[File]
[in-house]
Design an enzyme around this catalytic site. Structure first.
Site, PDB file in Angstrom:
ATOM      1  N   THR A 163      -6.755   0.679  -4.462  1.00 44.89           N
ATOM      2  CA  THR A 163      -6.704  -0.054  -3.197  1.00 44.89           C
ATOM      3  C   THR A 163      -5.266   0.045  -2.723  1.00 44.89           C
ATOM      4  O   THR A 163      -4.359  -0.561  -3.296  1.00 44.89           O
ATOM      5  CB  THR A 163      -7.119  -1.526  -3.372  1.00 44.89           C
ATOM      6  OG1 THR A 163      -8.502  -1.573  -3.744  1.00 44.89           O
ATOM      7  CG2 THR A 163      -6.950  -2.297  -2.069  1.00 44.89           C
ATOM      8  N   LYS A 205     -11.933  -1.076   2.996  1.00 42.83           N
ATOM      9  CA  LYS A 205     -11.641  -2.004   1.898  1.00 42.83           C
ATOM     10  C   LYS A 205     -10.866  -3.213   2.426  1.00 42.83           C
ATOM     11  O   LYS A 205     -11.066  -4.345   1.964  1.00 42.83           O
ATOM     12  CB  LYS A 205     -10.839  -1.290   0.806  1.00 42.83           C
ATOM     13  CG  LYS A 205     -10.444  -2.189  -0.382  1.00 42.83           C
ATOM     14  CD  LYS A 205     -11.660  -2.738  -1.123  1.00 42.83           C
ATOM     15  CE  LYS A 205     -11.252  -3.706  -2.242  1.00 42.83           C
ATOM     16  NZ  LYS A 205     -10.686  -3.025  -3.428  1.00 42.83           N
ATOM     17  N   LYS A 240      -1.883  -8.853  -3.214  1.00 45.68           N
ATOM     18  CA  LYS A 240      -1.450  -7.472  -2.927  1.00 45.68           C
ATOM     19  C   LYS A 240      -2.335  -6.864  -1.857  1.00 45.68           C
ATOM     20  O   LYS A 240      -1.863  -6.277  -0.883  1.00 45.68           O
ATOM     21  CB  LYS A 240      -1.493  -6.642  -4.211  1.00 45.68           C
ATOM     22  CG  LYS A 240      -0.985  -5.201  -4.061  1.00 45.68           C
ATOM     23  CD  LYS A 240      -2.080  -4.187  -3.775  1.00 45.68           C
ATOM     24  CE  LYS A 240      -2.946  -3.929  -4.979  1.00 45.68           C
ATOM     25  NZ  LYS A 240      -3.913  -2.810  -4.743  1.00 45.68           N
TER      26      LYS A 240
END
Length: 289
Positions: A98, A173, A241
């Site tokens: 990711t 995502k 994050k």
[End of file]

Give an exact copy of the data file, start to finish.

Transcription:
[in-house]
Design an enzyme around this catalytic site. Structure first.
Site, PDB file in Angstrom:
ATOM      1  N   THR A 163      -6.755   0.679  -4.462  1.00 44.89           N
ATOM      2  CA  THR A 163      -6.704  -0.054  -3.197  1.00 44.89           C
ATOM      3  C   THR A 163      -5.266   0.045  -2.723  1.00 44.89           C
ATOM      4  O   THR A 163      -4.359  -0.561  -3.296  1.00 44.89           O
ATOM      5  CB  THR A 163      -7.119  -1.526  -3.372  1.00 44.89           C
ATOM      6  OG1 THR A 163      -8.502  -1.573  -3.744  1.00 44.89           O
ATOM      7  CG2 THR A 163      -6.950  -2.297  -2.069  1.00 44.89           C
ATOM      8  N   LYS A 205     -11.933  -1.076   2.996  1.00 42.83           N
ATOM      9  CA  LYS A 205     -11.641  -2.004   1.898  1.00 42.83           C
ATOM     10  C   LYS A 205     -10.866  -3.213   2.426  1.00 42.83           C
ATOM     11  O   LYS A 205     -11.066  -4.345   1.964  1.00 42.83           O
ATOM     12  CB  LYS A 205     -10.839  -1.290   0.806  1.00 42.83           C
ATOM     13  CG  LYS A 205     -10.444  -2.189  -0.382  1.00 42.83           C
ATOM     14  CD  LYS A 205     -11.660  -2.738  -1.123  1.00 42.83           C
ATOM     15  CE  LYS A 205     -11.252  -3.706  -2.242  1.00 42.83           C
ATOM     16  NZ  LYS A 205     -10.686  -3.025  -3.428  1.00 42.83           N
ATOM     17  N   LYS A 240      -1.883  -8.853  -3.214  1.00 45.68           N
ATOM     18  CA  LYS A 240      -1.450  -7.472  -2.927  1.00 45.68           C
ATOM     19  C   LYS A 240      -2.335  -6.864  -1.857  1.00 45.68           C
ATOM     20  O   LYS A 240      -1.863  -6.277  -0.883  1.00 45.68           O
ATOM     21  CB  LYS A 240      -1.493  -6.642  -4.211  1.00 45.68           C
ATOM     22  CG  LYS A 240      -0.985  -5.201  -4.061  1.00 45.68           C
ATOM     23  CD  LYS A 240      -2.080  -4.187  -3.775  1.00 45.68           C
ATOM     24  CE  LYS A 240      -2.946  -3.929  -4.979  1.00 45.68           C
ATOM     25  NZ  LYS A 240      -3.913  -2.810  -4.743  1.00 45.68           N
TER      26      LYS A 240
END
Length: 289
Positions: A98, A173, A241
């Site tokens: 990711t 995502k 994050k």